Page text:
Pell keen on psychic research

PROVIDENCE, R.I. -- Sen. Claiborne Pell, D-R.I., has had a long-standing interest in psychic phenomena and keeps tabs on the field through one of his government-paid researchers, a newspaper reported Sunday.

Pell, 69, told the Providence Sunday Journal that his 'main interest is to try and be a good senator' but he would 'probably spend more time with this' if not in the Senate.


Pell attended a national symposium on UFO abduction last year and his special assistant, C.B. Scott Jones, a former naval intelligence officer, researches such topics as telepathy, unconventional healing, near-death experiences and other psychic phenomena.

Jones retains a top secret security clearance and earns nearly $50,000 a year on the public payroll.

'The senator is concerned that qualified scientists have an equal opportunity to compete for research funding (into psychic phenomena),' Jones said, adding that scientific agencies have chosen not to underwrite such research.

'I've always been intellectually curious and I think these things should be examined,' said Pell, chairman of the Senate Foreign Relations Committee.

'I would like to see more emphasis made on developing human intuition and developing human potential because many times theories that seem ridiculous at the time produce greater areas of knowledge,' he said.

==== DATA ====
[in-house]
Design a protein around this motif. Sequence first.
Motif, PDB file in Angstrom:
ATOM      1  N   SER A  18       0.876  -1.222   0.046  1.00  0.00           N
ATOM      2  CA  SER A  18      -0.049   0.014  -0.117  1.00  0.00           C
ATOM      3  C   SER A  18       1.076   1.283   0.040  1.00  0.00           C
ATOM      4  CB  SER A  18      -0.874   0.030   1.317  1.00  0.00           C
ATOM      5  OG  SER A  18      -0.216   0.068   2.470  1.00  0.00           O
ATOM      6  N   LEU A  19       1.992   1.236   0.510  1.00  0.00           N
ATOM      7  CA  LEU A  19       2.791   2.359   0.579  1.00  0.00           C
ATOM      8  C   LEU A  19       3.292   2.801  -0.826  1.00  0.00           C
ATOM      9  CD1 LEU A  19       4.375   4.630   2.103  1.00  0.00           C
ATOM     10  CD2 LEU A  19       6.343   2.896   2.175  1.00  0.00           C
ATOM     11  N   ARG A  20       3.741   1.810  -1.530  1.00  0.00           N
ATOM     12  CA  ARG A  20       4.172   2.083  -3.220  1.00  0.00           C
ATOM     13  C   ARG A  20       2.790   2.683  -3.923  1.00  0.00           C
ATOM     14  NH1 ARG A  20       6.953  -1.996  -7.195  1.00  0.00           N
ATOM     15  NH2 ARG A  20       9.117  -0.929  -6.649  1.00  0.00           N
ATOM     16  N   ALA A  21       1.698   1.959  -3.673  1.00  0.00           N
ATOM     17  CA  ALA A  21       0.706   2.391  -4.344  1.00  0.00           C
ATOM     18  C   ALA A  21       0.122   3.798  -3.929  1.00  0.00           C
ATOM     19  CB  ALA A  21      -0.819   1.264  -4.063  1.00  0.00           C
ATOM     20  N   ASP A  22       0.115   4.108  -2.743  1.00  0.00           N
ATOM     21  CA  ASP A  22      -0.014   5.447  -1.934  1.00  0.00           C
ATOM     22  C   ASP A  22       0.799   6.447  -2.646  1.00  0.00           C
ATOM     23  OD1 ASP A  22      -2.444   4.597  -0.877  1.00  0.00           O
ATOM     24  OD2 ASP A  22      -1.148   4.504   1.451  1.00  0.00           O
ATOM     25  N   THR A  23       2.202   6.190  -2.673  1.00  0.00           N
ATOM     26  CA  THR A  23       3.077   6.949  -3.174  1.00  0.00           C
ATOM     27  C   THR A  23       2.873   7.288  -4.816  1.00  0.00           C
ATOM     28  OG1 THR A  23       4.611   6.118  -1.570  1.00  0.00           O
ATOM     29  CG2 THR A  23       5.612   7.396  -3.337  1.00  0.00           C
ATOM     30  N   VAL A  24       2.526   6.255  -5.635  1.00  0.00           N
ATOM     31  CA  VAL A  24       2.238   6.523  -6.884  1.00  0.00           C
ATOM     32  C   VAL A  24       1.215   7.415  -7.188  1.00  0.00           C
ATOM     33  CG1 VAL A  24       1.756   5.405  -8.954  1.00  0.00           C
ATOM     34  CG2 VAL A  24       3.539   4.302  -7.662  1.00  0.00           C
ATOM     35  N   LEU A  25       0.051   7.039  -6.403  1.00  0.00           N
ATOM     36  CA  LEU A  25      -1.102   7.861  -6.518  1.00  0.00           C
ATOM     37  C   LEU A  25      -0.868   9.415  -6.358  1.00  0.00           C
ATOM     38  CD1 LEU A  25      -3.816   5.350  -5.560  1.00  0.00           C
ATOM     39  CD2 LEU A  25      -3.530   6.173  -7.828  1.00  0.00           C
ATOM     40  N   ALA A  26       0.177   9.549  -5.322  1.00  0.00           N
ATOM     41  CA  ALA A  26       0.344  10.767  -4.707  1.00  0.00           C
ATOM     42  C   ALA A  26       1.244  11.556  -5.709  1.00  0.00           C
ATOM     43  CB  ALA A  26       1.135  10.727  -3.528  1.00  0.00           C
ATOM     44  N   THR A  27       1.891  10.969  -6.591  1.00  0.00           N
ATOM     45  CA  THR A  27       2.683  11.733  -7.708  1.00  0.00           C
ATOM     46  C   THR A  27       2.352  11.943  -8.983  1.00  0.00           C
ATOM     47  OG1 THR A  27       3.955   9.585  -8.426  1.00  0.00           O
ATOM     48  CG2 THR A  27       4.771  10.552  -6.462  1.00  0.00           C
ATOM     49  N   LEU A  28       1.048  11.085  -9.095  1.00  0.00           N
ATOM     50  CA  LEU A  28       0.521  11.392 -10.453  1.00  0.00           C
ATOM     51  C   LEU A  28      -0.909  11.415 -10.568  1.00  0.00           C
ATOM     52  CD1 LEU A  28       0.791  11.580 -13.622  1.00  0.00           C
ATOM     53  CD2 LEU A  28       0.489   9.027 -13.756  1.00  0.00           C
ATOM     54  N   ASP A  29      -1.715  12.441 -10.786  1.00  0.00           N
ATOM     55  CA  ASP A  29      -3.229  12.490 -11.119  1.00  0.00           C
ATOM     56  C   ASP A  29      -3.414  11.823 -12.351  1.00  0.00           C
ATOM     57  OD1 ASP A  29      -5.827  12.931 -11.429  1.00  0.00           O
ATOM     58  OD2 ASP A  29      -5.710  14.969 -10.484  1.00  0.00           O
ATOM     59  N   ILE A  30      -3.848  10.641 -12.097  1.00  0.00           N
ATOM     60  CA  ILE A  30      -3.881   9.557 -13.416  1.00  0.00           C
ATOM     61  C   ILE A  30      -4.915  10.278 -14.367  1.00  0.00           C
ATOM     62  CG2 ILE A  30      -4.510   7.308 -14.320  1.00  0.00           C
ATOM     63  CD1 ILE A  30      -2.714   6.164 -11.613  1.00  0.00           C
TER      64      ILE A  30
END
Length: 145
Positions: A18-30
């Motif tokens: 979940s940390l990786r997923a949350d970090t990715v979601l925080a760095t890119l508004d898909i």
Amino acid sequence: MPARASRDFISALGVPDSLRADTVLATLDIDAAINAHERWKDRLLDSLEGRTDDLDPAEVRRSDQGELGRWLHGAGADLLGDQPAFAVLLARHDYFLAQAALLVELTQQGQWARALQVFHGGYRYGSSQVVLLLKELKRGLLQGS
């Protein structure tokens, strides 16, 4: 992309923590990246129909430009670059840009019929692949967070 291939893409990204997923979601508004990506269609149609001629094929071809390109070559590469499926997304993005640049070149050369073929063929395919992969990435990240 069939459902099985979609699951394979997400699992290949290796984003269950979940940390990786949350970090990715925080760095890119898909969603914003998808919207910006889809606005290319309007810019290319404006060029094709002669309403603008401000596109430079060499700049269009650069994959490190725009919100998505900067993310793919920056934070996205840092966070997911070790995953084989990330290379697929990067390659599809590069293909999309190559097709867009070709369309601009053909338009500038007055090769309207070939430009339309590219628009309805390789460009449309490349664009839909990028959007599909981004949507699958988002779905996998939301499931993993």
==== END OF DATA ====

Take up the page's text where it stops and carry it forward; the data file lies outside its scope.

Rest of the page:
Pell also serves on the advisory board of the International Association for Near-Death Studies, and two years ago, helped organize a symposium in Washington on near-death experiences. He said he is curious about the subject because there 'appears to be some validity' to it.

Ray Hyman, a University of Oregon psychologist who recently evaluated the military applications of psychic research at the Army's behest, said Pell 'has been arguing very forcefully for our getting into something like a Manhattan Project-style effort to catch up with the Russians...'

Pell terms Hyman's assessment 'vastly exaggerated,' and said he favors a modest increase in financial support for 'intelligent, skeptical' research into psychic phenomena.

In 1987, Pell invited self-proclaimed psychic Uri Geller to Washington, where he performed a demonstration before 30 congressional and Pentagon aides, and at least one other member of Congress.

The invitation came amid assertions by some that the Soviet Union is far more advanced in the field of paranormal research thant the United States.

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